My Short tour of Costa Rica

My Short tour of Costa Rica

January 18-19, 2010

Costa Rica is so Americanized they’ll accept US Dollars or Colones.
$1 = ~550 colones
It was some strange math to wrap my brain around.

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The room at Playas del Coco was clean, inexpensive ($20/night) and beachfront, and since i was still thinking I had plenty fo time to get to Panama, I decided t stay another day. I was also trying to get in touch with Dr. Monica in Liberia, as well as a couple I met in line at the Costa Rica border–an American couple that operate a tropical fish farm in Costa Rica who’d given me their phone # and invited me for a visit. It sounded like a great thing to do, and I knew they were somewhere close.

While sitting on the porch waking up, JP and I visited with some other folks at the hotel a latvian/american woman, her child, her Costa Rican husband and her Latvian mother. Cute kid! But soooooo serious. The Costa Rican fellow looked over maps with JP and I, and gave us advice for things to see in Costa Rica.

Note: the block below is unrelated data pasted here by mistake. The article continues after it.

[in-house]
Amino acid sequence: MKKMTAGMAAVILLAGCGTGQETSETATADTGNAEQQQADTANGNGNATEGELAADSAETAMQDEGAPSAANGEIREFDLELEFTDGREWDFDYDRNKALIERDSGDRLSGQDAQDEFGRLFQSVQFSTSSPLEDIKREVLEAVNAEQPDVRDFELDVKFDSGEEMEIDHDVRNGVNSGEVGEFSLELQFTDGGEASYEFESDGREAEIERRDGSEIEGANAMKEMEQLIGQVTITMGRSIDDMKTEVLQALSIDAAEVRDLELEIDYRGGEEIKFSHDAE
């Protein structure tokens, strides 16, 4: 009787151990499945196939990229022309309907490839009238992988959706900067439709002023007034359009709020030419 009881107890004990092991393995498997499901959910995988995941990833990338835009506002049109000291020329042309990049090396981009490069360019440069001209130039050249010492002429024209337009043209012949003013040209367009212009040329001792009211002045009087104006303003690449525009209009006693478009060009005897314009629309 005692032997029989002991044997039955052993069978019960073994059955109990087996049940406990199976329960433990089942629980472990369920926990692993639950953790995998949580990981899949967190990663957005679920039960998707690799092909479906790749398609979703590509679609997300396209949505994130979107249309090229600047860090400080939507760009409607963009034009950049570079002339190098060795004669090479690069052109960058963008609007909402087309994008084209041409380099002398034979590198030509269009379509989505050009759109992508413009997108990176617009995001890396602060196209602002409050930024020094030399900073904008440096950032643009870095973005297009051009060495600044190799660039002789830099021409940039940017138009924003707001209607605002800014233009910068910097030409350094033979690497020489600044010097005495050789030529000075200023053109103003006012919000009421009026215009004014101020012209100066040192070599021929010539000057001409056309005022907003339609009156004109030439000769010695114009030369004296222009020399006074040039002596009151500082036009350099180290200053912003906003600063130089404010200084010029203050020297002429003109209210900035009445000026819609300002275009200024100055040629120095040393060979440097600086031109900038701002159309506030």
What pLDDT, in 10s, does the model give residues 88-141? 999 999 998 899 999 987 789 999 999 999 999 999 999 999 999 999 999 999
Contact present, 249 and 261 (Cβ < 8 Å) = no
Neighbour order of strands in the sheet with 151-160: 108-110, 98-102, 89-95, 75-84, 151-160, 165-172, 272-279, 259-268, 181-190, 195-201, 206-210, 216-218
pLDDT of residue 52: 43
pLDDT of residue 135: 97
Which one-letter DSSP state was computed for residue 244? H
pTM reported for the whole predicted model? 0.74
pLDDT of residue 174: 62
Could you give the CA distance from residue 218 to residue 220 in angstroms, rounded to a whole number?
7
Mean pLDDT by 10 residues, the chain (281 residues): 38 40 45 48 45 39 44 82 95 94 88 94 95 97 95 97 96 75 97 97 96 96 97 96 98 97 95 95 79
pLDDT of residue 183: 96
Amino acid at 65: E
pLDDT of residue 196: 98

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The beach in front of the hotel in the daytime (It was Sunday morning and a tour bus pulled up in front of our hotel and unloaded about 50 beachgoers at 6:30 am!!

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People sit in the back of *any* moving vehicle to get around
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I was not able too make contact with the fish farm people, but I connected with Dr. Monica, so on Monday I headed to Liberia.

First stop, a German Bakery where Andreas told me I had to stop–he’d befriended the baker on his rride through Central America. Joe, the baker, was not there, so I snapped a pic for Andreas and left.

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Remember how I called it Gringo Rica?